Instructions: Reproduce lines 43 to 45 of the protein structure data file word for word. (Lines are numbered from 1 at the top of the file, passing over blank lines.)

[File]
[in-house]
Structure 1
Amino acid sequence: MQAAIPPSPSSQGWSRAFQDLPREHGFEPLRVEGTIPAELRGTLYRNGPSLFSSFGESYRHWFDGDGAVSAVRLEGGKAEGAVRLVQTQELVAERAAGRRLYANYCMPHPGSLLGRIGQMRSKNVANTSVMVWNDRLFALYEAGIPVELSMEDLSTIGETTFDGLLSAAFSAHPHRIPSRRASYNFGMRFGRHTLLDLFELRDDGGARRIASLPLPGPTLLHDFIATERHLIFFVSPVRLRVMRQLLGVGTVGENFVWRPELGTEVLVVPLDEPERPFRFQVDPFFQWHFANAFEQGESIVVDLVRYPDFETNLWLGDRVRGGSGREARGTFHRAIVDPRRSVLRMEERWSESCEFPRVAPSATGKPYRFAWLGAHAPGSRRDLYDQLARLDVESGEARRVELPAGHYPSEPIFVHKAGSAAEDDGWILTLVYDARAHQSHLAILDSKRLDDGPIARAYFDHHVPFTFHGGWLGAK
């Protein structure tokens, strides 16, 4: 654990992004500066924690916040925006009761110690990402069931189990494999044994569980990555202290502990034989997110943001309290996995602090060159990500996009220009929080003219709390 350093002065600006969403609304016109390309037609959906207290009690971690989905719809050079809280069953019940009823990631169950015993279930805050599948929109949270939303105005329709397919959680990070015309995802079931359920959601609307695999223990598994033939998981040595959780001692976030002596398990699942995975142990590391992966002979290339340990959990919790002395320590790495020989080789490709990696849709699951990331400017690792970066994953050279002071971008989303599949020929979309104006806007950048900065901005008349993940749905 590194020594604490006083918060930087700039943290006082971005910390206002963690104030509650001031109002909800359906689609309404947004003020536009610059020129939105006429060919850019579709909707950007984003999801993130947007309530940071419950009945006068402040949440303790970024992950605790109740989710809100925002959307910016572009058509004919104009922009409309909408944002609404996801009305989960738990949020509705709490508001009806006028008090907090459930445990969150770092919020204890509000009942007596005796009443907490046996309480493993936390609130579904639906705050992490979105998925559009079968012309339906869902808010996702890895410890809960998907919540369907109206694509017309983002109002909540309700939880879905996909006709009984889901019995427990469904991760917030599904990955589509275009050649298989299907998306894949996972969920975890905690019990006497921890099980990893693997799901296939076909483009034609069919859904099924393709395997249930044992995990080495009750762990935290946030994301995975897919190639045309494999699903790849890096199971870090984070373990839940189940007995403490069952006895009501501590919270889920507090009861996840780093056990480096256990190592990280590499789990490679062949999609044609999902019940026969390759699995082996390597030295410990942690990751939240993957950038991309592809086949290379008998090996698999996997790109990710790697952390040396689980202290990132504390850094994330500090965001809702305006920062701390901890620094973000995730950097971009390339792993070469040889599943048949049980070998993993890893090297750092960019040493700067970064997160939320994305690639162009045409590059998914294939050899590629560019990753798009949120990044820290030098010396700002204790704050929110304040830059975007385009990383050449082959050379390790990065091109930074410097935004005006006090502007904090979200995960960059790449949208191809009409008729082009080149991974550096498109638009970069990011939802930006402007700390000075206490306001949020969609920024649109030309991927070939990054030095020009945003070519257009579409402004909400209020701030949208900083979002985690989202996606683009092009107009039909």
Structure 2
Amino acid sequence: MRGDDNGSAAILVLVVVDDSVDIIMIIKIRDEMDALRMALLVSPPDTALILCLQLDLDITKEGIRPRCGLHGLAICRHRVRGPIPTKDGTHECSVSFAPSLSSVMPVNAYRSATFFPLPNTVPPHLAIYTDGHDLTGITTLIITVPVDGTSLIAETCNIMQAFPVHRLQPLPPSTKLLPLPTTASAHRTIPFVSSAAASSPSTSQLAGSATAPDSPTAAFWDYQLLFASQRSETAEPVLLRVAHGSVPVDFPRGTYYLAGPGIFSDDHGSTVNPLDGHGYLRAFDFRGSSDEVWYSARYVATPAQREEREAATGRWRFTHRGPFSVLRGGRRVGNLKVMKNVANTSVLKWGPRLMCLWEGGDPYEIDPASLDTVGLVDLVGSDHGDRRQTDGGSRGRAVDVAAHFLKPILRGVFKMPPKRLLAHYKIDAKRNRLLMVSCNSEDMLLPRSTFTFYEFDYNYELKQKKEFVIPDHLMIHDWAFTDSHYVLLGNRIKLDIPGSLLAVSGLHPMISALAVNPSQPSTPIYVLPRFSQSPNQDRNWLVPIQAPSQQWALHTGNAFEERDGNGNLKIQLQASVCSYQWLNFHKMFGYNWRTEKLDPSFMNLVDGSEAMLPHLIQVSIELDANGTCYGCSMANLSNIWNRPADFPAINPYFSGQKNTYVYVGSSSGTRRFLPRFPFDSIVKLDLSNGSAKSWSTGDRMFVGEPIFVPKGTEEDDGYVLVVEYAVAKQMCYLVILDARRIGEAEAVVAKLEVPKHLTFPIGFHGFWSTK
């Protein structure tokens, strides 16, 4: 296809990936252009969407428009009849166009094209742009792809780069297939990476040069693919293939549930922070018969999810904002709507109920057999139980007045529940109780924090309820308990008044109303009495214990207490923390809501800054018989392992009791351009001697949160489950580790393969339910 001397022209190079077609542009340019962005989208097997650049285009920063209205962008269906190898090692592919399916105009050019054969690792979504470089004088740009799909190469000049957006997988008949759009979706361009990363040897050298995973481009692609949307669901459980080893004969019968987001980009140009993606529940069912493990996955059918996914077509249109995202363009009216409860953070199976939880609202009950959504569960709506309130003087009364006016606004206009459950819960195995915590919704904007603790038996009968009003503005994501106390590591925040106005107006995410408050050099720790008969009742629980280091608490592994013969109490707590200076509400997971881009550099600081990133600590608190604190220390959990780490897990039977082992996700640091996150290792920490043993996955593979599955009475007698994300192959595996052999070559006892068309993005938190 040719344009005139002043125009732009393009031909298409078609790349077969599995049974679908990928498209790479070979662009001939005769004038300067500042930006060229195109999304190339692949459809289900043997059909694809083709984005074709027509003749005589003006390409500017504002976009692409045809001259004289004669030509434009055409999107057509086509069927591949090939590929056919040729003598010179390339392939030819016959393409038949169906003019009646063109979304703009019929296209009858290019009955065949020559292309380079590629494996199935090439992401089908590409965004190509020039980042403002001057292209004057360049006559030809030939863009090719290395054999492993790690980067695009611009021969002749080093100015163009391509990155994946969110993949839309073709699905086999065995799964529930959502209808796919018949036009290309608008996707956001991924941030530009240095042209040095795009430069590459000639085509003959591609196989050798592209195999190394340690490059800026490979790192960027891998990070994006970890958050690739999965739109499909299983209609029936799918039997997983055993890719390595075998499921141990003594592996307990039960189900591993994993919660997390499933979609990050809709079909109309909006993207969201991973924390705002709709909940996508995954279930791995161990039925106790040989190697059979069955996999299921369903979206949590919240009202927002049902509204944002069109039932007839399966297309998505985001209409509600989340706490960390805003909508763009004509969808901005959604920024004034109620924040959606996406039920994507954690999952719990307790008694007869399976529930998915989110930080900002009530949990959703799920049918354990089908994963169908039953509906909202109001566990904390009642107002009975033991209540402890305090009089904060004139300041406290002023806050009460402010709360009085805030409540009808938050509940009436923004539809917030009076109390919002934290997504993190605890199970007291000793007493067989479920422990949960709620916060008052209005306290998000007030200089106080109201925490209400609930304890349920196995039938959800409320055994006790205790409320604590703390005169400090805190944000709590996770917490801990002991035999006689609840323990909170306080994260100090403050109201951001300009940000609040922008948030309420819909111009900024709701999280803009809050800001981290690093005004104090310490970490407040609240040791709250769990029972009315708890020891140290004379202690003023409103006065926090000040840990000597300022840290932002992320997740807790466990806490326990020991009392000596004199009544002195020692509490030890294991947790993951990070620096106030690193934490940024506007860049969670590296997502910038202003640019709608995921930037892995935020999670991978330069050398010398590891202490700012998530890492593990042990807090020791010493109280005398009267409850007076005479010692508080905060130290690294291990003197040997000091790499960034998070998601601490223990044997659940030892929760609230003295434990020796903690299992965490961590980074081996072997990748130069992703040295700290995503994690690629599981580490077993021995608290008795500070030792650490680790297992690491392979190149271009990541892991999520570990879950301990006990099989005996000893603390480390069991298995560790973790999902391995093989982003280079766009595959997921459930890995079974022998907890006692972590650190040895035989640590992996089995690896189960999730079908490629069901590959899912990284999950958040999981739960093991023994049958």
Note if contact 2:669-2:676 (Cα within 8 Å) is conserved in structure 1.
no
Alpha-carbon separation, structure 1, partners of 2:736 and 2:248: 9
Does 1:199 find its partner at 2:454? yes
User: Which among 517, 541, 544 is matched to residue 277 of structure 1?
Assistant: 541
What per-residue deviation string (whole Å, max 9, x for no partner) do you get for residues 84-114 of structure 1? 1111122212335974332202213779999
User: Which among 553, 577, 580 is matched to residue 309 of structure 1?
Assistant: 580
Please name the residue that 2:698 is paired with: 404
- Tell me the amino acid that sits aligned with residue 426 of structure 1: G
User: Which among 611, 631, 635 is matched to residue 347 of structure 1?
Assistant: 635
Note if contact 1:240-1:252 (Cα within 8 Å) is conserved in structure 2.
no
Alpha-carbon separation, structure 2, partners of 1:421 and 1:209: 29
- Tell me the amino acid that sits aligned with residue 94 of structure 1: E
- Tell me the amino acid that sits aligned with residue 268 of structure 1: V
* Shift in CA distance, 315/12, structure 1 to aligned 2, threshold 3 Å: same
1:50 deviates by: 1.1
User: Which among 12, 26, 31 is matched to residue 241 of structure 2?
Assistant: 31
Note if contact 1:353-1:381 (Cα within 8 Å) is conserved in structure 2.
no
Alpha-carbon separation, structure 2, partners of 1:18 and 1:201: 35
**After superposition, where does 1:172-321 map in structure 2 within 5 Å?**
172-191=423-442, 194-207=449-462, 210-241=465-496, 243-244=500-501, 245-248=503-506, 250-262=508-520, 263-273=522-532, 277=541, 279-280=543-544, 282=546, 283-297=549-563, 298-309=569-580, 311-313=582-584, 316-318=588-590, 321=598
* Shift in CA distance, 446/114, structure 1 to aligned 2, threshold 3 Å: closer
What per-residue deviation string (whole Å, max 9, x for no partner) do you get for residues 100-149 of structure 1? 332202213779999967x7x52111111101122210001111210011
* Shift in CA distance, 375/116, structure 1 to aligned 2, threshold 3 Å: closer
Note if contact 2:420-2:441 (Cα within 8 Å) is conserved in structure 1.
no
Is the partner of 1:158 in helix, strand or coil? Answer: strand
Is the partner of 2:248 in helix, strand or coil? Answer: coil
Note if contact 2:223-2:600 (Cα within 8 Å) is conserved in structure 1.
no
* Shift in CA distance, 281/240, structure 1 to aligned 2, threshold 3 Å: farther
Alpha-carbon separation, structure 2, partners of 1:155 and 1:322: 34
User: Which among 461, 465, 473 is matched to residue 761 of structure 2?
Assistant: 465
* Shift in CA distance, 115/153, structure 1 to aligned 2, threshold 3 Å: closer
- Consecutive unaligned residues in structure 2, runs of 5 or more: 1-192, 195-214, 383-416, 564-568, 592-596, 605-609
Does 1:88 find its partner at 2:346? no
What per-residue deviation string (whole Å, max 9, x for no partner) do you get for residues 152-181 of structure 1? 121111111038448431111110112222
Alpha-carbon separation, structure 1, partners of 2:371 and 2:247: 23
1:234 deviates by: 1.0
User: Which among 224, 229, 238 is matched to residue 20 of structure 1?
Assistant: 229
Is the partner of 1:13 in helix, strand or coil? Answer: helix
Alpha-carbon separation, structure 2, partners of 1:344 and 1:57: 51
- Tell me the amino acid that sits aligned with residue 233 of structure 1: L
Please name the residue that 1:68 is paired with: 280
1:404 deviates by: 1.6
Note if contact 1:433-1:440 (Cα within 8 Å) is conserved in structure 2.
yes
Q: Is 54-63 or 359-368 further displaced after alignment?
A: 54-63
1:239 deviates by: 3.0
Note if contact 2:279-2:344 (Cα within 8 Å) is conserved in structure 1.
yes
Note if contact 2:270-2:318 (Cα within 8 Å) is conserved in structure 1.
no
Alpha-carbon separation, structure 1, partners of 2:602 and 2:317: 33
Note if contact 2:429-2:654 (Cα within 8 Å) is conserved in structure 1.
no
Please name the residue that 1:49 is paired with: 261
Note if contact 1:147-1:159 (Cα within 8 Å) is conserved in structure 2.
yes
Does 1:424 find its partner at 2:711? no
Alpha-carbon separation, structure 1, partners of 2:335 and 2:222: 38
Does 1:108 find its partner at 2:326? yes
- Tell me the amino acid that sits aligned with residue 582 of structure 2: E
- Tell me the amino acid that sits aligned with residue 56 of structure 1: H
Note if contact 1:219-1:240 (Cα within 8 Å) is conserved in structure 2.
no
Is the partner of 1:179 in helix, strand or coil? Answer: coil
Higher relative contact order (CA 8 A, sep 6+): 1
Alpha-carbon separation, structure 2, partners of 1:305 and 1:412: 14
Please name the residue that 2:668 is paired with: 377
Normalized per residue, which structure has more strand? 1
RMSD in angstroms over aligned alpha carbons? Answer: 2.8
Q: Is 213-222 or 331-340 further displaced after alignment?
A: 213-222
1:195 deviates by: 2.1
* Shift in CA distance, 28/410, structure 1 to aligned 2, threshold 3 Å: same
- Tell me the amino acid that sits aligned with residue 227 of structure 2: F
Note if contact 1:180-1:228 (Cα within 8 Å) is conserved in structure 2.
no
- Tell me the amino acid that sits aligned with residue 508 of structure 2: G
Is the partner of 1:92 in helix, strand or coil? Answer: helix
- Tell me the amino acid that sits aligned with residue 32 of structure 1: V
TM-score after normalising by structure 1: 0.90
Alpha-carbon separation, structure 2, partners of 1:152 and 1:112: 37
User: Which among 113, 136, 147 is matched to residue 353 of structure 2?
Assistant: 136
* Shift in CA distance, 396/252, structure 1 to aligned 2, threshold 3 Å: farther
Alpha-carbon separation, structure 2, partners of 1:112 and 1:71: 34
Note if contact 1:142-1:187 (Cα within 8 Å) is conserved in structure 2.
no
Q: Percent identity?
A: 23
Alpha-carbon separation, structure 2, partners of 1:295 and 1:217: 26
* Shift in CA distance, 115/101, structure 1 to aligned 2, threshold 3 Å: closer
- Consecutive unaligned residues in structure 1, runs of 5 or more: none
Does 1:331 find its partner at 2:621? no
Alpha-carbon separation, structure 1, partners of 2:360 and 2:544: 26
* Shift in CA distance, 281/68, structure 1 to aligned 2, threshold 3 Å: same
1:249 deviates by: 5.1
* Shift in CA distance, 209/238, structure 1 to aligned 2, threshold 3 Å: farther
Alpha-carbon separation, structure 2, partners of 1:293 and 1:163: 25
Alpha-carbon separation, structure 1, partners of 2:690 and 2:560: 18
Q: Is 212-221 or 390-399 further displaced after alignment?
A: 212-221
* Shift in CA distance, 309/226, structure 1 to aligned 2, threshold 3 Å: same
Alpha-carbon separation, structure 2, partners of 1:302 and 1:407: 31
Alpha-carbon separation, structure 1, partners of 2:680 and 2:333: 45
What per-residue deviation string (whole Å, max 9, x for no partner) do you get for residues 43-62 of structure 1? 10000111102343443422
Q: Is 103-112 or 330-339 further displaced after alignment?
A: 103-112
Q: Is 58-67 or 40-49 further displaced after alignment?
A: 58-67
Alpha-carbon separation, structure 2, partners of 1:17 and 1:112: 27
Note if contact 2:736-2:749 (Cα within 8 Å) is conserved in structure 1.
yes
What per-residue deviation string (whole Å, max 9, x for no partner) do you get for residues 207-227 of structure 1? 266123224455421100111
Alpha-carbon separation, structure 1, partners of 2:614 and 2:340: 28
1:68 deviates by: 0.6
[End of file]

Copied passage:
no
* Shift in CA distance, 281/240, structure 1 to aligned 2, threshold 3 Å: farther
Alpha-carbon separation, structure 2, partners of 1:155 and 1:322: 34